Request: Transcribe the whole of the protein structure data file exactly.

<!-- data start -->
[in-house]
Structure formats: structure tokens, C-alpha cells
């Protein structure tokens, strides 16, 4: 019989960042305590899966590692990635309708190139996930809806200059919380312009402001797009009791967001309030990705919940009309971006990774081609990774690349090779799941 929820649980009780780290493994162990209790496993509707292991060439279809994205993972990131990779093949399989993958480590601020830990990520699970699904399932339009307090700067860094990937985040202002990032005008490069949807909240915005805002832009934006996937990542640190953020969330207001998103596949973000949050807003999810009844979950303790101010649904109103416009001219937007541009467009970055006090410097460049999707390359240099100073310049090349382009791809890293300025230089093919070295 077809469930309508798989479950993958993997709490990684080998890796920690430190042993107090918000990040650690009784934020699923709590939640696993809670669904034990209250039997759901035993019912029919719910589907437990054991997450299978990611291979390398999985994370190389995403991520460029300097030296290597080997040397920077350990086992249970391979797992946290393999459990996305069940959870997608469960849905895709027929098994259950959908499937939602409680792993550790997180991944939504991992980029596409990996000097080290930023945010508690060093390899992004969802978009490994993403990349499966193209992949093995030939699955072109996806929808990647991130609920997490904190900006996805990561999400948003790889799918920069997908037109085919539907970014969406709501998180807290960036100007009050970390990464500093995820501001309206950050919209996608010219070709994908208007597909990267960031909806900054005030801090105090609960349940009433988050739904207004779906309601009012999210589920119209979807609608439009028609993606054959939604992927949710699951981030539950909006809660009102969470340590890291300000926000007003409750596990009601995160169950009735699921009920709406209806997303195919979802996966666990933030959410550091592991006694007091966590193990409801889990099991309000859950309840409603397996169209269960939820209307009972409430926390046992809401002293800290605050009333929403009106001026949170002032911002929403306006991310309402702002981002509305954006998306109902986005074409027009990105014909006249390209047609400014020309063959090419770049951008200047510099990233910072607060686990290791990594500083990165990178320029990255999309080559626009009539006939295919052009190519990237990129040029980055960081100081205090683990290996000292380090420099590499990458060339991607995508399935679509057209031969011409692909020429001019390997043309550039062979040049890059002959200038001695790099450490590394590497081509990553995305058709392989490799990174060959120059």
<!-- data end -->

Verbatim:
[in-house]
Structure formats: structure tokens, C-alpha cells
């Protein structure tokens, strides 16, 4: 019989960042305590899966590692990635309708190139996930809806200059919380312009402001797009009791967001309030990705919940009309971006990774081609990774690349090779799941 929820649980009780780290493994162990209790496993509707292991060439279809994205993972990131990779093949399989993958480590601020830990990520699970699904399932339009307090700067860094990937985040202002990032005008490069949807909240915005805002832009934006996937990542640190953020969330207001998103596949973000949050807003999810009844979950303790101010649904109103416009001219937007541009467009970055006090410097460049999707390359240099100073310049090349382009791809890293300025230089093919070295 077809469930309508798989479950993958993997709490990684080998890796920690430190042993107090918000990040650690009784934020699923709590939640696993809670669904034990209250039997759901035993019912029919719910589907437990054991997450299978990611291979390398999985994370190389995403991520460029300097030296290597080997040397920077350990086992249970391979797992946290393999459990996305069940959870997608469960849905895709027929098994259950959908499937939602409680792993550790997180991944939504991992980029596409990996000097080290930023945010508690060093390899992004969802978009490994993403990349499966193209992949093995030939699955072109996806929808990647991130609920997490904190900006996805990561999400948003790889799918920069997908037109085919539907970014969406709501998180807290960036100007009050970390990464500093995820501001309206950050919209996608010219070709994908208007597909990267960031909806900054005030801090105090609960349940009433988050739904207004779906309601009012999210589920119209979807609608439009028609993606054959939604992927949710699951981030539950909006809660009102969470340590890291300000926000007003409750596990009601995160169950009735699921009920709406209806997303195919979802996966666990933030959410550091592991006694007091966590193990409801889990099991309000859950309840409603397996169209269960939820209307009972409430926390046992809401002293800290605050009333929403009106001026949170002032911002929403306006991310309402702002981002509305954006998306109902986005074409027009990105014909006249390209047609400014020309063959090419770049951008200047510099990233910072607060686990290791990594500083990165990178320029990255999309080559626009009539006939295919052009190519990237990129040029980055960081100081205090683990290996000292380090420099590499990458060339991607995508399935679509057209031969011409692909020429001019390997043309550039062979040049890059002959200038001695790099450490590394590497081509990553995305058709392989490799990174060959120059």